DECISION RULES AND VARIANCE OF RESPONSE IN BREEDING SCHEMES

John Woolliams, T.H.E. Meuwissen

Research output: Contribution to journalArticlepeer-review

Abstract

Selection decisions in breeding schemes can involve choices between candidates evaluated to different accuracies, A Bayesian framework is put forward for choosing among candidates, and it is shown that attaching loss functions for estimation errors makes this process different from selecting upon best linear unbiased predictions alone. Examples are given using both linear and quadratic loss to show that when estimation errors are penalized, the selection process tends to select more unrelated and more accurately evaluated individuals. In a dairy cattle breeding scheme response was only slightly lower than that from selection on expected breeding values but with a much reduced coefficient of variation. However, if prediction errors are preferred, with the hope of selecting individuals whose breeding value are higher than expected, extra genetic progress could be obtained by favouring the selection of individuals with low accuracy. This requires consideration of more than a single generation. With discrete generations and equal measurements on candidates the decision framework was shown to be equivalent to a single quadratic restriction on the selection scores of parents in the previous generation. A framework based on Bayes decision theory could be simply applied to produce a flexible means for producers to select according to their individual risk preferences.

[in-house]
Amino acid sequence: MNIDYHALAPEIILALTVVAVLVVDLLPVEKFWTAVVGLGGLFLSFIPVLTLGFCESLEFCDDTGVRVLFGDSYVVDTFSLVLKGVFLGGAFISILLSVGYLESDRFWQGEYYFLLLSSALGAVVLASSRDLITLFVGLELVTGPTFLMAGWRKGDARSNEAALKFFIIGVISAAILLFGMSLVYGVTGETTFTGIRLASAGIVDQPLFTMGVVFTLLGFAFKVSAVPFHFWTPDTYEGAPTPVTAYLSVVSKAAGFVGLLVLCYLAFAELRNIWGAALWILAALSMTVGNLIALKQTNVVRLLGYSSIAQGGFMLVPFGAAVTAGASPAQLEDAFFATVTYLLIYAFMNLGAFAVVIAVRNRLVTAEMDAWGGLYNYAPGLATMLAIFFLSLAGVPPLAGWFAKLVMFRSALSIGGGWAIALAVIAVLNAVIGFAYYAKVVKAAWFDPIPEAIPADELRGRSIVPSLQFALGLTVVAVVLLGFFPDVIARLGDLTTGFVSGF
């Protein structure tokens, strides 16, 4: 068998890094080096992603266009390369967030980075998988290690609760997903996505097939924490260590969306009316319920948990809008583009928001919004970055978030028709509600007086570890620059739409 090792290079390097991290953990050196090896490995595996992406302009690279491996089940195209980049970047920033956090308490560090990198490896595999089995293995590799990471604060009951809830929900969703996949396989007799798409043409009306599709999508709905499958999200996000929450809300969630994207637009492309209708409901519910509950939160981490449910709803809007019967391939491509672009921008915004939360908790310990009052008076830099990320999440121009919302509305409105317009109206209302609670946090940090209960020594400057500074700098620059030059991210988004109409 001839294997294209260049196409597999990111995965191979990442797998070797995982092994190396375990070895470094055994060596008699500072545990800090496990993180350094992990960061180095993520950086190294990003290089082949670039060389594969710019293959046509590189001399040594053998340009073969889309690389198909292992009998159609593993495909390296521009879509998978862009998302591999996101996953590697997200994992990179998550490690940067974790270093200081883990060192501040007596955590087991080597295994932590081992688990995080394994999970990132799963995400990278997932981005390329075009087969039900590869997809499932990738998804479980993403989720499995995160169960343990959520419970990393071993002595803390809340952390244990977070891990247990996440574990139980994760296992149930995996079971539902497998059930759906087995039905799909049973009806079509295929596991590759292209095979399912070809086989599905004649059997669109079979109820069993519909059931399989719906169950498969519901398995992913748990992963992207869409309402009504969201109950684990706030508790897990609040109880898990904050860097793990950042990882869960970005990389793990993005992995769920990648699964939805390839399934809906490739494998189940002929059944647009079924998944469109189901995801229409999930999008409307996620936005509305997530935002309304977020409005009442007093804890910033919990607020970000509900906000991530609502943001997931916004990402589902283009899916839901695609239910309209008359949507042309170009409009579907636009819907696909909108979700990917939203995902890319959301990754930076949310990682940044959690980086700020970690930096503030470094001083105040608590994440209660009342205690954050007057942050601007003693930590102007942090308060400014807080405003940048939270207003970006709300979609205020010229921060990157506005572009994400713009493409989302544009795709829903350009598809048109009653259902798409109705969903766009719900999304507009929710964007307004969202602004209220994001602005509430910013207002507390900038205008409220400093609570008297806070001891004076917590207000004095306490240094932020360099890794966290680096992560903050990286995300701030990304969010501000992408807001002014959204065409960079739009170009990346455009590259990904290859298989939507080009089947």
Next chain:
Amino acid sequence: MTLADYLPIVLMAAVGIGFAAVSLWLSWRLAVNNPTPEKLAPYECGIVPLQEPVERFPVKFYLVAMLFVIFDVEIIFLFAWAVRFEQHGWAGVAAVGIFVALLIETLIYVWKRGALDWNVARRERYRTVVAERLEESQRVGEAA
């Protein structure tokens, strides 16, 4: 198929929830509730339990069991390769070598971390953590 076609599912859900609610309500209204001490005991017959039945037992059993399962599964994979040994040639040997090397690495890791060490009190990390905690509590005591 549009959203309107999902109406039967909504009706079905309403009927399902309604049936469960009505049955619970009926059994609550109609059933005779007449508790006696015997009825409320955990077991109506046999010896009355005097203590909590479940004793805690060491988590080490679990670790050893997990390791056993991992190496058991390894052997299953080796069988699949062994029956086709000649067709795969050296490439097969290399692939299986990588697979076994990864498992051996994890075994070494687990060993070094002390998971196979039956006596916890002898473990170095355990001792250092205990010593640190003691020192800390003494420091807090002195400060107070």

Original languageUndefined/Unknown
Pages (from-to)179-186
Number of pages8
JournalAnimal Production
Volume56
Publication statusPublished - 1993

Keywords

  • bayesian theory breeding programs dairy cattle selection genetic gain dairy-cattle selection nucleus rates

Cite this